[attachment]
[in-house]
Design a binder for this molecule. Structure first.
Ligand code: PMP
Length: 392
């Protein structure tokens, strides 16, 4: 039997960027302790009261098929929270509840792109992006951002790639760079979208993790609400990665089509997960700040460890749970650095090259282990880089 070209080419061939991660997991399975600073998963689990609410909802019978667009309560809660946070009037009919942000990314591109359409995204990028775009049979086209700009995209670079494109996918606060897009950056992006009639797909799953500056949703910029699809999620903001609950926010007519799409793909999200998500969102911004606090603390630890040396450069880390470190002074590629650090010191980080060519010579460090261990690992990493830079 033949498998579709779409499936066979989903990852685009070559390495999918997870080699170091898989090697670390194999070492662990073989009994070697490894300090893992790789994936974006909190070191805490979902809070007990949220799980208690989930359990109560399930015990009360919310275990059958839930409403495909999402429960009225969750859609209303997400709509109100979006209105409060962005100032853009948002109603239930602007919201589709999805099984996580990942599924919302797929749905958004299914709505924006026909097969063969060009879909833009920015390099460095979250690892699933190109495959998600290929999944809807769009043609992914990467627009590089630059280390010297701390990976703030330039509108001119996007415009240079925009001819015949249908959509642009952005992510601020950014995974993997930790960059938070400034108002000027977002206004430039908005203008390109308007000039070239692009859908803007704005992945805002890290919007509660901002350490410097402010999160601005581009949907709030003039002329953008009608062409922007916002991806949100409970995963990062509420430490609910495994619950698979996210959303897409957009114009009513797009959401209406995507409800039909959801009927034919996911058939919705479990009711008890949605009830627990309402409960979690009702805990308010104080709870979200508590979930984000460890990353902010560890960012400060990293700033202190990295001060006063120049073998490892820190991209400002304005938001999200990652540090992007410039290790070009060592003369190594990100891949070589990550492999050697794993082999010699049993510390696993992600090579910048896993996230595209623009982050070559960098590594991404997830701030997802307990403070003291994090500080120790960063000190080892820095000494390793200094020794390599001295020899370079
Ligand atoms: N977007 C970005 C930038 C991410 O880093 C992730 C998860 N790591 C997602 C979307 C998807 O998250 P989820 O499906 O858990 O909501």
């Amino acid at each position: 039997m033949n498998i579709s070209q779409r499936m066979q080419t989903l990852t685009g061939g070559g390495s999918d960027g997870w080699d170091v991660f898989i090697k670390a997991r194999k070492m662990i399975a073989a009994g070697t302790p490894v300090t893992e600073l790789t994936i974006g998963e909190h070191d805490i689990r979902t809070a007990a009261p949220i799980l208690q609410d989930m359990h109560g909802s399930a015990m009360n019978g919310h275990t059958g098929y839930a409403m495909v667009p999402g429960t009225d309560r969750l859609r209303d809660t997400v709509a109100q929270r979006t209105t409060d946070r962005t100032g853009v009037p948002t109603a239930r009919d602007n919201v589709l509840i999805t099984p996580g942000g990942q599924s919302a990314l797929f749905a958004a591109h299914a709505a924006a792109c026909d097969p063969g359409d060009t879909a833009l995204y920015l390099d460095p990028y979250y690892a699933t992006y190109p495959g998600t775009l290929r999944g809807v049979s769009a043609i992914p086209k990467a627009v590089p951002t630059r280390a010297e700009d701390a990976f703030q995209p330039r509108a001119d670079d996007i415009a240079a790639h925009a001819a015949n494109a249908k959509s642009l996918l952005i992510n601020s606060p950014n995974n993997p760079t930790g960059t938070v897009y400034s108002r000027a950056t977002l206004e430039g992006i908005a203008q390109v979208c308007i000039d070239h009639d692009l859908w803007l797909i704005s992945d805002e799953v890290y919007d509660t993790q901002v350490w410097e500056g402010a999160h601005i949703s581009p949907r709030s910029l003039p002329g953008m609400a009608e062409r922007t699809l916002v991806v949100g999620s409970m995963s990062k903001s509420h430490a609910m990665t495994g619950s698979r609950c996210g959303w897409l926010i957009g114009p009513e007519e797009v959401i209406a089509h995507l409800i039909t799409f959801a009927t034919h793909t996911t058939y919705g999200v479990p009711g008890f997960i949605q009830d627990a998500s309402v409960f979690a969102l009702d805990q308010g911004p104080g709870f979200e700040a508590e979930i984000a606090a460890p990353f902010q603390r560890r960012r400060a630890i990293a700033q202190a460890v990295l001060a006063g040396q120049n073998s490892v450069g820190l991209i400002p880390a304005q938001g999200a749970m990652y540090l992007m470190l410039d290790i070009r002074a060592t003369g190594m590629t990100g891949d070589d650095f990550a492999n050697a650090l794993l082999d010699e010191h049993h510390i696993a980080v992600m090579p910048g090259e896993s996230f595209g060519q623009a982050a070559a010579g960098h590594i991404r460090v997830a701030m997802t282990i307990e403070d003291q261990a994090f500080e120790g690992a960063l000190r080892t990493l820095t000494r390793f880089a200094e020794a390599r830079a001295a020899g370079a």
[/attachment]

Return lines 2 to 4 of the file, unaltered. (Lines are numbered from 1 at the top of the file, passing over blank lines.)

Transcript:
Design a binder for this molecule. Structure first.
Ligand code: PMP
Length: 392